"It's all about achieving health equity," says Maseru. He hopes a successful parternship could bring IMR rates across every Cincinnati zip code down to single digits by 2014.

 
 
by German Lopez 10.30.2012
Posted In: Anna Louise Inn, Courts, News at 10:07 AM | Permalink | Comments (0)
 
 
Anna Louise Inn

Anna Louise Inn, W&S Meet in Appeals Court

Court likely to rule in 30-45 days

The Anna Louise Inn, the city of Cincinnati and Western & Southern (W&S) met for what could be the final time in court today. For the most part, both sides took their time at the Ohio First District Court of Appeals to restate past arguments.

The three-judge panel heard 15-minute arguments by both sides. It is expected to give a final decision in 30 to 45 days.

During the hearing, W&S lawyer Francis Barrett insisted that the Anna Louise Inn meets the definition of a “special assistance shelter,”rather than “transitional housing” as it was originally classified, due to the Off the Streets program, which helps women involved in prostitution turn their lives around. The difference in labels could have substantial implications for the Anna Louise Inn and whether it can go ahead with its planned $13 million renovation. However, the inn has already obtained a conditional use permit for its renovations in light of the original court decision classifying it as a special assistance shelter.

Tim Burke, lawyer for the Anna Louise Inn, rebutted by asserting that the record shows the Anna Louise Inn has never acted as a special assistance shelter. In one example, Judge Sylvia Hendon asked Burke if the Anna Louise Inn would take in a woman in the middle of the night since it is not a special assistance shelter. Burke responded by saying the Inn would turn the woman away, as required under zoning code: “She will be directed to one of the traditional homeless shelters. She is not admitted to the Anna Louise Inn. The program does not operate that way, and it never has. And the record is absolutely clear about that.”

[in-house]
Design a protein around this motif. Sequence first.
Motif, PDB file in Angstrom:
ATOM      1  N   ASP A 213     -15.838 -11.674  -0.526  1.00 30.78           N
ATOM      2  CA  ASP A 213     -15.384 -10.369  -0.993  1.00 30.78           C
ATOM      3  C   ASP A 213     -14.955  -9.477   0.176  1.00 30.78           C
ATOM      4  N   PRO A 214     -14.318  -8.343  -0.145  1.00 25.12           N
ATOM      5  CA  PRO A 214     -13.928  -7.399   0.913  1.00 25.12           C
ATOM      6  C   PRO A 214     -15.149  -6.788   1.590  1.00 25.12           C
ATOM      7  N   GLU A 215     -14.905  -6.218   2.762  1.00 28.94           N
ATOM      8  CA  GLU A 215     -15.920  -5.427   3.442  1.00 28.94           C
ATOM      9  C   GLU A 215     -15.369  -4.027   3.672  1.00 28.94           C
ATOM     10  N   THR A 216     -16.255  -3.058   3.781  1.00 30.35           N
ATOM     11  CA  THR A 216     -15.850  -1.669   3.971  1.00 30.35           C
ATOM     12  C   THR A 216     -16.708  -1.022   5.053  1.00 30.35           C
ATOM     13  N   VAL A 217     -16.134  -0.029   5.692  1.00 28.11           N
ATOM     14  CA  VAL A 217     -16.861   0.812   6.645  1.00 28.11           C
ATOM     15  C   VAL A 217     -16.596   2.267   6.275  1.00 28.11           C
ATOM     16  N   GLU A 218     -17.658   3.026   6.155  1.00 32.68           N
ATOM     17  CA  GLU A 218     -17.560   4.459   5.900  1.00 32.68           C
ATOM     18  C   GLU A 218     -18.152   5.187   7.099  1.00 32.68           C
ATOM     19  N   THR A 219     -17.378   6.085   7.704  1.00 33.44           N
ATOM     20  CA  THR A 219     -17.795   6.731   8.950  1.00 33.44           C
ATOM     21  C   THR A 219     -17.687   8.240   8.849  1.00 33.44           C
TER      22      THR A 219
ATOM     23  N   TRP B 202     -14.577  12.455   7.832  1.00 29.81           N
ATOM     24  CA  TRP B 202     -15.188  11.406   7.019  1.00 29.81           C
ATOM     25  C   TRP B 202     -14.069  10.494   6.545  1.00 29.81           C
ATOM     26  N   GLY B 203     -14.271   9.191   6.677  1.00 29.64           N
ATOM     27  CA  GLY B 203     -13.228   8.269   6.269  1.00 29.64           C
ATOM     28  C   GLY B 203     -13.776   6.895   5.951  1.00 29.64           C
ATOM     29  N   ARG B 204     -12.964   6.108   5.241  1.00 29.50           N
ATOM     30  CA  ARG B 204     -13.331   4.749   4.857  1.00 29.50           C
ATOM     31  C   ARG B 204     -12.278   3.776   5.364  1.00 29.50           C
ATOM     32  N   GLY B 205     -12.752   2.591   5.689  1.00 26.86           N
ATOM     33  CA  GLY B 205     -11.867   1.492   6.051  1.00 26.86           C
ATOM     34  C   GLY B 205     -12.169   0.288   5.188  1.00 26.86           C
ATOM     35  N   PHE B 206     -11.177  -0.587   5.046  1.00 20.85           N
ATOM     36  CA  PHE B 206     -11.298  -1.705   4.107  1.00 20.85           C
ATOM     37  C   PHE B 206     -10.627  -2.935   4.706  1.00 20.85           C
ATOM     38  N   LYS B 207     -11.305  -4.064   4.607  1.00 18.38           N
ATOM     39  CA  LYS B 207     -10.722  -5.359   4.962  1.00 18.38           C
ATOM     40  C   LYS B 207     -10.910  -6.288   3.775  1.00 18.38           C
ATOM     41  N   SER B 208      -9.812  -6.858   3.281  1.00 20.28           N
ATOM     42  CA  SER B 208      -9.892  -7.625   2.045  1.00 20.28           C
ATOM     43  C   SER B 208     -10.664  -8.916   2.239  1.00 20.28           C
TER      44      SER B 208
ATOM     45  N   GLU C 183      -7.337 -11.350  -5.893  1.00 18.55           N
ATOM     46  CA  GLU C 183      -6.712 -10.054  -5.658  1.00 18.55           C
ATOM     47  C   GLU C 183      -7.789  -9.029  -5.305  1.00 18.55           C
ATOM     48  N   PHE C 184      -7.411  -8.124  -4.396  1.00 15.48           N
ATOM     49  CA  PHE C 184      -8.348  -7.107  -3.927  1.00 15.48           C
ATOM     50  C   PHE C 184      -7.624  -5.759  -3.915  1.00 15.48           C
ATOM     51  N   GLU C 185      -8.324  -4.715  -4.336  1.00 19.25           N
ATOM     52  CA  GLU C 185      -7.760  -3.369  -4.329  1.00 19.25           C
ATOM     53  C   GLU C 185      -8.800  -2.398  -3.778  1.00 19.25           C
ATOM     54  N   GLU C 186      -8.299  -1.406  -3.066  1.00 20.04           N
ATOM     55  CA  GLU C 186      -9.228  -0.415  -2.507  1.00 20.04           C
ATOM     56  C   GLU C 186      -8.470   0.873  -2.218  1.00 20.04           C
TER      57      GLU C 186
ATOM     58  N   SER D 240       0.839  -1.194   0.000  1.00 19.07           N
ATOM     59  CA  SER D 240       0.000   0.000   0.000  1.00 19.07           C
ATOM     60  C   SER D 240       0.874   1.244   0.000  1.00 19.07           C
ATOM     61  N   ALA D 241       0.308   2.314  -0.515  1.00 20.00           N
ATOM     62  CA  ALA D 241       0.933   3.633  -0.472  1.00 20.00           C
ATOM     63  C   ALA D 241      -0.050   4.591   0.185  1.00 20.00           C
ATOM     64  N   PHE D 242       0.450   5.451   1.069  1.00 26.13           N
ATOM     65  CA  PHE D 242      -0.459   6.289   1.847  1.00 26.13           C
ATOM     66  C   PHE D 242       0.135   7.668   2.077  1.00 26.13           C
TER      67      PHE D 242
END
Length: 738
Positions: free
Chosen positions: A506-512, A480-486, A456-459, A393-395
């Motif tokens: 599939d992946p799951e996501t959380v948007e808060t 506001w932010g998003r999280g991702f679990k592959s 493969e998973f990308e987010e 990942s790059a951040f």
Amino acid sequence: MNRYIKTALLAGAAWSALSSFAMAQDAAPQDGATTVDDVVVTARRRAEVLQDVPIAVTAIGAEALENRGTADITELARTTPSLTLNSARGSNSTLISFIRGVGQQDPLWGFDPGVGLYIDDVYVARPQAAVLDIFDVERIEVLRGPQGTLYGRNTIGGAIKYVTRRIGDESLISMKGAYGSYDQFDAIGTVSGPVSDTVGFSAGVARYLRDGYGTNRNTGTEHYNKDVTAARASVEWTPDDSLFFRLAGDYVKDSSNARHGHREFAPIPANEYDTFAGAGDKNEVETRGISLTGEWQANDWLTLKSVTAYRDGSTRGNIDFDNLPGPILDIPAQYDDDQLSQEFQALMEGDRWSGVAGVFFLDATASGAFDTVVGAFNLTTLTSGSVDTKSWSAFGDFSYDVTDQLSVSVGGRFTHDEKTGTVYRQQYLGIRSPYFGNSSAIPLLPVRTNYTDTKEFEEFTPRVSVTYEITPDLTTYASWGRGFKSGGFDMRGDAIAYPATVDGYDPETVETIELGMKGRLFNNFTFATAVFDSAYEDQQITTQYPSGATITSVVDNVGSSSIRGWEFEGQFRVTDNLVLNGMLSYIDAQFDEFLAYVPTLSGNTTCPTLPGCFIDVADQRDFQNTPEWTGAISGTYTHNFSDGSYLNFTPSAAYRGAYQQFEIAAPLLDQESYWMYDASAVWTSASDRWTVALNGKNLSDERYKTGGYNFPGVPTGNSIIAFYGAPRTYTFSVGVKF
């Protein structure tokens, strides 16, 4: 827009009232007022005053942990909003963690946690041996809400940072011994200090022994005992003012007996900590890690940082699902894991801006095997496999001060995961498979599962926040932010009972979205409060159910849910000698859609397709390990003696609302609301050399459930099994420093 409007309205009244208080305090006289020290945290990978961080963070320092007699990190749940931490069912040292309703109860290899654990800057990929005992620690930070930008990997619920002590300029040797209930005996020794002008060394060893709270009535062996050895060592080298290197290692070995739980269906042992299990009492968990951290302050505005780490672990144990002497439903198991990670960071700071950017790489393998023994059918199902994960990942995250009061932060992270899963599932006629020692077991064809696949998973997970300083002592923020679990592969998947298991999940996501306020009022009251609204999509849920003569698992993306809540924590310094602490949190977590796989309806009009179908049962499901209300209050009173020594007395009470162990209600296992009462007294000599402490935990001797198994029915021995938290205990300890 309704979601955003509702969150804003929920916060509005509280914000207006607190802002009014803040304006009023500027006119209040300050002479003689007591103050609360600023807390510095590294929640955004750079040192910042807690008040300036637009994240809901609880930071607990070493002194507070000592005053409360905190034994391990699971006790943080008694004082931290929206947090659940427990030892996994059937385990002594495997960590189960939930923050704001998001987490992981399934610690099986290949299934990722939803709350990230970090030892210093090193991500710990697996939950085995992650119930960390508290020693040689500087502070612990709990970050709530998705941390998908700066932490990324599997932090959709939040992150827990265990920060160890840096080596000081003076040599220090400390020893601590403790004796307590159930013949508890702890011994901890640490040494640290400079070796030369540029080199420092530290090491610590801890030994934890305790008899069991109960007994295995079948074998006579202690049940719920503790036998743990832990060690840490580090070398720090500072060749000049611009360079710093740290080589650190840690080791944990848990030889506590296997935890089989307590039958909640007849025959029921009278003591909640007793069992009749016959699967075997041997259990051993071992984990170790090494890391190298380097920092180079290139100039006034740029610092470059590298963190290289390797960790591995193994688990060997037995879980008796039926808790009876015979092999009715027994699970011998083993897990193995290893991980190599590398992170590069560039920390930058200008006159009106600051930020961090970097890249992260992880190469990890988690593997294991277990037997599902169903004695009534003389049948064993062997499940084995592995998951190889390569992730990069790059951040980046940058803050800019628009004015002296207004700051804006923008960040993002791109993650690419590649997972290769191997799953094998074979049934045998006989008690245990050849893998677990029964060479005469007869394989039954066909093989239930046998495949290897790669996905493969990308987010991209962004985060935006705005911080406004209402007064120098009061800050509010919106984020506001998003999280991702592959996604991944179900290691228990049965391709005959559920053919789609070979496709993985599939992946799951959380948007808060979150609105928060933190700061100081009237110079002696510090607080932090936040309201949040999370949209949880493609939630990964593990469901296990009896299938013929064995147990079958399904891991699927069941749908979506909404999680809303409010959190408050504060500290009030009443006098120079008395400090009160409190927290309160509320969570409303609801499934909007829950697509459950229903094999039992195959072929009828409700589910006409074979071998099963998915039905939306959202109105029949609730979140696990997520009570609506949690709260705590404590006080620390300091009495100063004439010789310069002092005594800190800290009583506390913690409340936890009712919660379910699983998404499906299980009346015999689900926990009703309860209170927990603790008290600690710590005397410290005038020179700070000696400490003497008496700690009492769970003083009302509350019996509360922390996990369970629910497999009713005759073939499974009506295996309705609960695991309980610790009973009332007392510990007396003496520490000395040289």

The ongoing feud was triggered by Cincinnati Union Bethel’s (CUB) refusal to sell the Anna Louise Inn property to W&S. The company originally offered $1.8 million to buy the Anna Louise Inn in 2009. CUB declined, and it eventually obtained $12.6 million in state- and city-distributed federal funding for long-needed renovations. From that point forward, relations between CUB and W&S deteriorated, as CityBeat previously covered in detail (“Surrounded by Skyscrapers,” issue of Aug. 15)

When asked how the hearings went, Burke replied, “You never know … until you hear the decision.”

 
 
by 06.25.2010
Posted In: News, Business, Protests at 04:07 PM | Permalink | Comments (3)
 
 

PETA Again Asks for Kroger Change

An animal rights group had one of its members question executives of the Kroger Co. grocery store chain at its annual shareholders meeting held here Thursday.